by jakab922
Last Updated November 17, 2017 17:19 PM

Suppose we have a Markov decision process with a finite state set and a finite action set. We calculate the expected reward with a discount of $\gamma \in [0,1]$. The Sutton & Barto book states in chapter 3.8 that there always exists at least one optimal policy but it doesn't prove why. Obviously the various optimal policies yield the same optimal value function at least this is what would make sense and also assumed in the book.

Can someone give me a proof for the above statement or a link to a proof?

Late answer, but here it goes:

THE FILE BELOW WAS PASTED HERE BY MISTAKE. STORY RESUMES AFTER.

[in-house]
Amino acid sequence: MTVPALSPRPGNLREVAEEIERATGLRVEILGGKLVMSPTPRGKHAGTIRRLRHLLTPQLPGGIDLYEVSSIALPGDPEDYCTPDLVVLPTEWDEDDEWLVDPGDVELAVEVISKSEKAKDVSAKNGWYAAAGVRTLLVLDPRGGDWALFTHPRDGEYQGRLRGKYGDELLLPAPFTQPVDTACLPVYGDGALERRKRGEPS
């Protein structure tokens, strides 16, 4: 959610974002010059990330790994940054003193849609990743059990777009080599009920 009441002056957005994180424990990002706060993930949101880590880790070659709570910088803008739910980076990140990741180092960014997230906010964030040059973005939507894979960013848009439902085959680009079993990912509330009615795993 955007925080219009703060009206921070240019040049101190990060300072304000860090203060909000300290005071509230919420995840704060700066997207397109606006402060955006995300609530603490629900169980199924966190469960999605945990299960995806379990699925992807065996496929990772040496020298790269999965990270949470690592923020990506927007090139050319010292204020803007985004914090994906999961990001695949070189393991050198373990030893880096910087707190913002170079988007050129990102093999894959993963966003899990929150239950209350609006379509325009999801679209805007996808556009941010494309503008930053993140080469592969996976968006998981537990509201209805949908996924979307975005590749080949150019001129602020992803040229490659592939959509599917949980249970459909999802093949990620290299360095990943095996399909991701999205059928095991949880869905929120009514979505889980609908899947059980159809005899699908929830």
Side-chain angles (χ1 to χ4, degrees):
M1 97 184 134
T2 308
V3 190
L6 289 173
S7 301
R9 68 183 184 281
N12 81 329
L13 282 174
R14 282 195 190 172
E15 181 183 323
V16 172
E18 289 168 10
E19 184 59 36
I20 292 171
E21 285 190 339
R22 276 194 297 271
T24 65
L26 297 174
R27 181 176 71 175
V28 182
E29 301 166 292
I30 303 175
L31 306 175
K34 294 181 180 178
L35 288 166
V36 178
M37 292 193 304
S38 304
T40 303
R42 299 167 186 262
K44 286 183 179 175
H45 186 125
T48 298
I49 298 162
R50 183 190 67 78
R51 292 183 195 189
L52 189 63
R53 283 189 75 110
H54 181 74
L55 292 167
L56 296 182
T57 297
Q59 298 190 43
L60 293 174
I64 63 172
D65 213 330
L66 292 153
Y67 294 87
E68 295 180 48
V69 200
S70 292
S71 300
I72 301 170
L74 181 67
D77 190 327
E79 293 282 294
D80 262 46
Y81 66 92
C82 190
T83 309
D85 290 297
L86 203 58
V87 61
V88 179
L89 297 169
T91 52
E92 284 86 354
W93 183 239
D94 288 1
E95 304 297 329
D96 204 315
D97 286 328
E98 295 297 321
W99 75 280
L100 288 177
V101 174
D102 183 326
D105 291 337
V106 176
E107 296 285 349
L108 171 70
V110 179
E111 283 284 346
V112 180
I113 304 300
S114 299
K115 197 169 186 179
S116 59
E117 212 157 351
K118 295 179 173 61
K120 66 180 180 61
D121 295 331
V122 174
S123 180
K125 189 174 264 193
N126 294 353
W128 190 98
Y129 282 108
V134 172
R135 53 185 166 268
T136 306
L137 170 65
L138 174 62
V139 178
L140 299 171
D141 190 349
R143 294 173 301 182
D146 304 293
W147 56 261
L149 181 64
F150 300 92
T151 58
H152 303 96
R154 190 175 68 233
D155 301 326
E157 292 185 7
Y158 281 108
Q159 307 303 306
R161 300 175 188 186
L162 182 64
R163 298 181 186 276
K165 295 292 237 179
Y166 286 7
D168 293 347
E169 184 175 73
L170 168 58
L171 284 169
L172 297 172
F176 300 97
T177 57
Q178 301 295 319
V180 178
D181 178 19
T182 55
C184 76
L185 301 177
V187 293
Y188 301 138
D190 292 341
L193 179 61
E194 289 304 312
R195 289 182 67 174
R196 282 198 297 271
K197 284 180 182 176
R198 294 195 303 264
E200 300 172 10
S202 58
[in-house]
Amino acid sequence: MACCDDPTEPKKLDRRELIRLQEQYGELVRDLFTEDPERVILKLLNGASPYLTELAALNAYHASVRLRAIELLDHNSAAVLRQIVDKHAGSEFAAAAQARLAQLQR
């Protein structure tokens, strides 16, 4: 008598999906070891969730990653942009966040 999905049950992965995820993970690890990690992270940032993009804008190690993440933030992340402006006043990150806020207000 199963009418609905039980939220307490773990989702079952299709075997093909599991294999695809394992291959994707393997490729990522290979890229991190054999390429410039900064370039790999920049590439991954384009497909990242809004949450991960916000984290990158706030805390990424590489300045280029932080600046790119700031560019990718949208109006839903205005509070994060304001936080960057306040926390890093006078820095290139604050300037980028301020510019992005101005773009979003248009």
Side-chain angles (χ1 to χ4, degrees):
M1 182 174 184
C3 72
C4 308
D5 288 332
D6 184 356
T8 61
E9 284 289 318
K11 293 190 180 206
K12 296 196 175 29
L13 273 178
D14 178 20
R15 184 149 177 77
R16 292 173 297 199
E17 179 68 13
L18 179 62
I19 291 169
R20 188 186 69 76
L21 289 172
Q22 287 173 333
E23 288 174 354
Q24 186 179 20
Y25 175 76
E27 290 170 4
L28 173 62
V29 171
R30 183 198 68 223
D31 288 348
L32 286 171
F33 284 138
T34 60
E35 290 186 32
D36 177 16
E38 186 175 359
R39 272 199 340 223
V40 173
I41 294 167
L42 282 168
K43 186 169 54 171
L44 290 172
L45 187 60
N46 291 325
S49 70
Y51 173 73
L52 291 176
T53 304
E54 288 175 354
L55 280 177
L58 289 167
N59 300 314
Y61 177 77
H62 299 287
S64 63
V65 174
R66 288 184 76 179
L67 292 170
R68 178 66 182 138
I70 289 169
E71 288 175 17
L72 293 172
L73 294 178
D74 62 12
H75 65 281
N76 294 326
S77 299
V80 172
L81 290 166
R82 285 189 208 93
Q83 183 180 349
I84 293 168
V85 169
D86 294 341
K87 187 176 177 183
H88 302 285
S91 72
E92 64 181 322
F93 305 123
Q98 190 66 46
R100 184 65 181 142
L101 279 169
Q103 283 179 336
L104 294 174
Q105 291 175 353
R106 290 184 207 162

Assume that there exists two optimal policies π and π' with respective value functions V and V'. Assume that for some state x V(x) ≠ V'(x). Without loss of generality we can assume that V(x) < V'(x). But if V(x) is lower than V'(x), then it is not optimal since it is better to follow π'. Therefore it is proved by contradiction, V(x) and V'(x) must be the same.

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